─────────────────────────────────────────────────────────────────────────────
 
  » To print these instructions again, run: ${WORKSHOP_NAME} print
  » To execute your program in a test environment, run: ${WORKSHOP_NAME} run                                                                          
    program.js                                                                
  » To verify your program, run: ${WORKSHOP_NAME} verify program.js            
  » For help run: ${WORKSHOP_NAME} help

... and when it passes, it will output:

 ✓ 
 
 You were lucky :) 0.2753477873643899
 
 # PASS Your solution to ${EXERCISE_NAME} passed! 
 
 You have ${REMAINING_EXERCISE_COUNT} challenges left.
 
 Type '${WORKSHOP_NAME}' to show the menu.
 
─────────────────────────────────────────────────────────────────────────────
 
  » To print these instructions again, run: ${WORKSHOP_NAME} print             
  » To execute your program in a test environment, run: ${WORKSHOP_NAME} run
    program.js
  » To verify your program, run: ${WORKSHOP_NAME} verify program.js
  » For help run: ${WORKSHOP_NAME} help

How to get command line arguments

The command line arguments passed into the verify subcommand can be accessed within an exercise via the args property.

In /exercises/${EXERCISE_NAME}/exercise.js:

const exercise = require('workshopper-exercise')();
 
function firstArgMustBeFoo(errback) {
    const pass = exercise.args[0] === 'foo';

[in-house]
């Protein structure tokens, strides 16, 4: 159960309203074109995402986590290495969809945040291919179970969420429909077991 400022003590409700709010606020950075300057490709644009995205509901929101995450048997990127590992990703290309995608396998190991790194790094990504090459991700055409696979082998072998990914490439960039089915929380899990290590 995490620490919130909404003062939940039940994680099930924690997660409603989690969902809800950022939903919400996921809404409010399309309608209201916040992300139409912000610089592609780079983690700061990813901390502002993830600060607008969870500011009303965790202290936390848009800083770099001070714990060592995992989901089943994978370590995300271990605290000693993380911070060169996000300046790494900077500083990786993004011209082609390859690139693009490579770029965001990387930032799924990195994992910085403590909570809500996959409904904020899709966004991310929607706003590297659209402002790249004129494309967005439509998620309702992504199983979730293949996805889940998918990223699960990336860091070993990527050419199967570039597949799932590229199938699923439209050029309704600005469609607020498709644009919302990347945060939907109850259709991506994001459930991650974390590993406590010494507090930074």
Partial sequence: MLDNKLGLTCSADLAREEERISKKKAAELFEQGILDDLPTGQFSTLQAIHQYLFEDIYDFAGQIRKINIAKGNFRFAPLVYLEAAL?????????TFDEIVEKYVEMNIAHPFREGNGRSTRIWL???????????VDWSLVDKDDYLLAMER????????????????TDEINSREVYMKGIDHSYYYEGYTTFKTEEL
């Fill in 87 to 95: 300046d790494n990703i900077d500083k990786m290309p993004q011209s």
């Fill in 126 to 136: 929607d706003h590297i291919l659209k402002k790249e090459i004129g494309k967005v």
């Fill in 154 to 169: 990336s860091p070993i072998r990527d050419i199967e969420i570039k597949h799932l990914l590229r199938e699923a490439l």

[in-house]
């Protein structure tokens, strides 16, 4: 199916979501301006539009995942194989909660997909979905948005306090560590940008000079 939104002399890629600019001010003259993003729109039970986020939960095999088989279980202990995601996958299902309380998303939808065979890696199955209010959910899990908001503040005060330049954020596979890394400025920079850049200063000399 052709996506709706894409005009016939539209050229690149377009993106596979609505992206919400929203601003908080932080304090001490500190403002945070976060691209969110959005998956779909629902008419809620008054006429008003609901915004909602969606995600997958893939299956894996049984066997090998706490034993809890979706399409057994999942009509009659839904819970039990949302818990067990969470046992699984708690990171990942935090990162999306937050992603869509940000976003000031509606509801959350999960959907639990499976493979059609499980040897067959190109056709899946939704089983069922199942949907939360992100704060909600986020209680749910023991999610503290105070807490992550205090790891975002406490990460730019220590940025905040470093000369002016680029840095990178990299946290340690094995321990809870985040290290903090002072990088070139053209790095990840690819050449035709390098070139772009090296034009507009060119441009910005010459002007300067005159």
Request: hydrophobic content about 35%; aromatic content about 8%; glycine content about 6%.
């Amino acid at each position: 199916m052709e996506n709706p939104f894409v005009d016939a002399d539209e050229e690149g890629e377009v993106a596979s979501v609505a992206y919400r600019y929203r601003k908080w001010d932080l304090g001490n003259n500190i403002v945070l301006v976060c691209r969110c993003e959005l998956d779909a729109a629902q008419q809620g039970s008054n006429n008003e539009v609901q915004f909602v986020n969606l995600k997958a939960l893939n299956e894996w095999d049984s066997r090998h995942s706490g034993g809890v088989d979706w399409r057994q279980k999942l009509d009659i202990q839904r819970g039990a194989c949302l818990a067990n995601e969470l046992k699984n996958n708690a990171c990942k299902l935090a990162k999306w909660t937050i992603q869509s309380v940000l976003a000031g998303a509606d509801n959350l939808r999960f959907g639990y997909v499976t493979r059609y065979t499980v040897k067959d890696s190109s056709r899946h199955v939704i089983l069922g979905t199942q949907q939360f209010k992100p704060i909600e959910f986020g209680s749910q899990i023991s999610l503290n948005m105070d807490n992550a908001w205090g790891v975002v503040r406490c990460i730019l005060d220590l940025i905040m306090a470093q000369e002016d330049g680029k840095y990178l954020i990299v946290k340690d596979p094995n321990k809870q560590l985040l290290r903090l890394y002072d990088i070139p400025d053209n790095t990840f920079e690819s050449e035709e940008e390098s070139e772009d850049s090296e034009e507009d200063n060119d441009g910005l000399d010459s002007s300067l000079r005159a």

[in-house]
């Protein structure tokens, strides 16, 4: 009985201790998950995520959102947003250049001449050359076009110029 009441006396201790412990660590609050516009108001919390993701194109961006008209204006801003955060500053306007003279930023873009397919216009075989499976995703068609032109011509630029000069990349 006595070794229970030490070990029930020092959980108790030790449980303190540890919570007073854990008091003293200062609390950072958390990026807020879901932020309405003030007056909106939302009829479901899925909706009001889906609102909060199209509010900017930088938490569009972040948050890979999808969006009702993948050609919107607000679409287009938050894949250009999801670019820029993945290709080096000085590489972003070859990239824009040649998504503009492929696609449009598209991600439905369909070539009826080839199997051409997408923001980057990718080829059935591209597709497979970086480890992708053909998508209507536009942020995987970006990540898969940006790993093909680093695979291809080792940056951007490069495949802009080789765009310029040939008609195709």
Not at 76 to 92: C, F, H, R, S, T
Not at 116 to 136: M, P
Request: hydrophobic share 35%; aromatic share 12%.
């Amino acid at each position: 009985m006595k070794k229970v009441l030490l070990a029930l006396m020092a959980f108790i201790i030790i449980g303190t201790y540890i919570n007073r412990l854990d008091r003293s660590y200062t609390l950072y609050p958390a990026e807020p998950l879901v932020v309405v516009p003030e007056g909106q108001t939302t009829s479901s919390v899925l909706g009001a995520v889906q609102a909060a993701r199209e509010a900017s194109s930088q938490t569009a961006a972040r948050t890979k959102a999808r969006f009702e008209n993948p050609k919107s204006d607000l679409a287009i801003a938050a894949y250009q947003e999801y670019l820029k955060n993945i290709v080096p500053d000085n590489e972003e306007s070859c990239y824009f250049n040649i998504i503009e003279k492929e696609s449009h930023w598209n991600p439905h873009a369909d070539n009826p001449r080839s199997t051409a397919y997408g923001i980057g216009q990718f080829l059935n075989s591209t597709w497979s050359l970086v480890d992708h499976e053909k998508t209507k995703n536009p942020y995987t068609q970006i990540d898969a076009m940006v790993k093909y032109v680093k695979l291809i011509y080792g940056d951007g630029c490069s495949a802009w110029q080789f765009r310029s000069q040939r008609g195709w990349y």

if (pass) {
      exercise.emit('pass', 'first CLI argument was foo');
    } else {
      exercise.emit('fail', 'first CLI argument wasn\'t foo');
    }
    errback(null, pass);
}
 
exercise.addVerifyProcessor(firstArgMustBeFoo);
 
module.exports = exercise;

Command line arguments have a variety of use cases, and in workshopper exercises, one would typically use it to specify the submission file name.

When you run ${WORKSHOP_NAME} verify bar, it will output:

 ✗ 
 
 first CLI argument wasn't foo
 
 # FAIL Your solution to ${EXERCISE_NAME} didn't pass. Try again!
 
─────────────────────────────────────────────────────────────────────────────
 
  » To print these instructions again, run: ${WORKSHOP_NAME} print
  » To execute your program in a test environment, run: ${WORKSHOP_NAME} run
    program.js
  » To verify your program, run: ${WORKSHOP_NAME} verify program.js
  » For help run: ${WORKSHOP_NAME} help

... and when you run ${WORKSHOP_NAME} verify foo, it will output:

 ✓ 
 
 first CLI argument was foo
 
 # PASS Your solution to ${EXERCISE_NAME} passed! 
 
 You have ${REMAINING_EXERCISE_COUNT} challenges left.
 
 Type '${WORKSHOP_NAME}' to show the menu.
 
─────────────────────────────────────────────────────────────────────────────
 
  » To print these instructions again, run: ${WORKSHOP_NAME} print
  » To execute your program in a test environment, run: ${WORKSHOP_NAME} run
    program.js
  » To verify your program, run: ${WORKSHOP_NAME} verify program.js
  » For help run: ${WORKSHOP_NAME} help

Keywords

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install

npm i workshopper-exercise-hu

Downloadsweekly downloads

1

version

1.0.0

license

MIT

homepage

github.com

repository

Gitgithub